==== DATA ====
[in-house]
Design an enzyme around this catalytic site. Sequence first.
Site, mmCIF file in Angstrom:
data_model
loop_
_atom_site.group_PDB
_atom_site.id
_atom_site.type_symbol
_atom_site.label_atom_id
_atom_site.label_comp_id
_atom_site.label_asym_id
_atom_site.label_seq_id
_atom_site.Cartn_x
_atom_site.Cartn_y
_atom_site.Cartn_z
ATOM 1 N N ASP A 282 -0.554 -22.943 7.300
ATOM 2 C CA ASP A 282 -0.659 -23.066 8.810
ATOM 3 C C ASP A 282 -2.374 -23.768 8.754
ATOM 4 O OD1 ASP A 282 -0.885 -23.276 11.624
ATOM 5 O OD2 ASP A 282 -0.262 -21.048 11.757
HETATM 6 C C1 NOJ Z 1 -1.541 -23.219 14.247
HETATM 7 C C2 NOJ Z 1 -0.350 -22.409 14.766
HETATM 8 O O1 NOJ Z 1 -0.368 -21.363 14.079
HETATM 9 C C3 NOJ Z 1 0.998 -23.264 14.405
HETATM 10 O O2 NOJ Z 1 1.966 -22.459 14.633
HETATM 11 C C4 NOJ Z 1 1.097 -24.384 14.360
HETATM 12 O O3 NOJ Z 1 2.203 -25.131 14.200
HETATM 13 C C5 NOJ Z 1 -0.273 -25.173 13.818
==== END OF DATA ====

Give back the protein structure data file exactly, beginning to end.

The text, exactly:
[in-house]
Design an enzyme around this catalytic site. Sequence first.
Site, mmCIF file in Angstrom:
data_model
loop_
_atom_site.group_PDB
_atom_site.id
_atom_site.type_symbol
_atom_site.label_atom_id
_atom_site.label_comp_id
_atom_site.label_asym_id
_atom_site.label_seq_id
_atom_site.Cartn_x
_atom_site.Cartn_y
_atom_site.Cartn_z
ATOM 1 N N ASP A 282 -0.554 -22.943 7.300
ATOM 2 C CA ASP A 282 -0.659 -23.066 8.810
ATOM 3 C C ASP A 282 -2.374 -23.768 8.754
ATOM 4 O OD1 ASP A 282 -0.885 -23.276 11.624
ATOM 5 O OD2 ASP A 282 -0.262 -21.048 11.757
HETATM 6 C C1 NOJ Z 1 -1.541 -23.219 14.247
HETATM 7 C C2 NOJ Z 1 -0.350 -22.409 14.766
HETATM 8 O O1 NOJ Z 1 -0.368 -21.363 14.079
HETATM 9 C C3 NOJ Z 1 0.998 -23.264 14.405
HETATM 10 O O2 NOJ Z 1 1.966 -22.459 14.633
HETATM 11 C C4 NOJ Z 1 1.097 -24.384 14.360
HETATM 12 O O3 NOJ Z 1 2.203 -25.131 14.200
HETATM 13 C C5 NOJ Z 1 -0.273 -25.173 13.818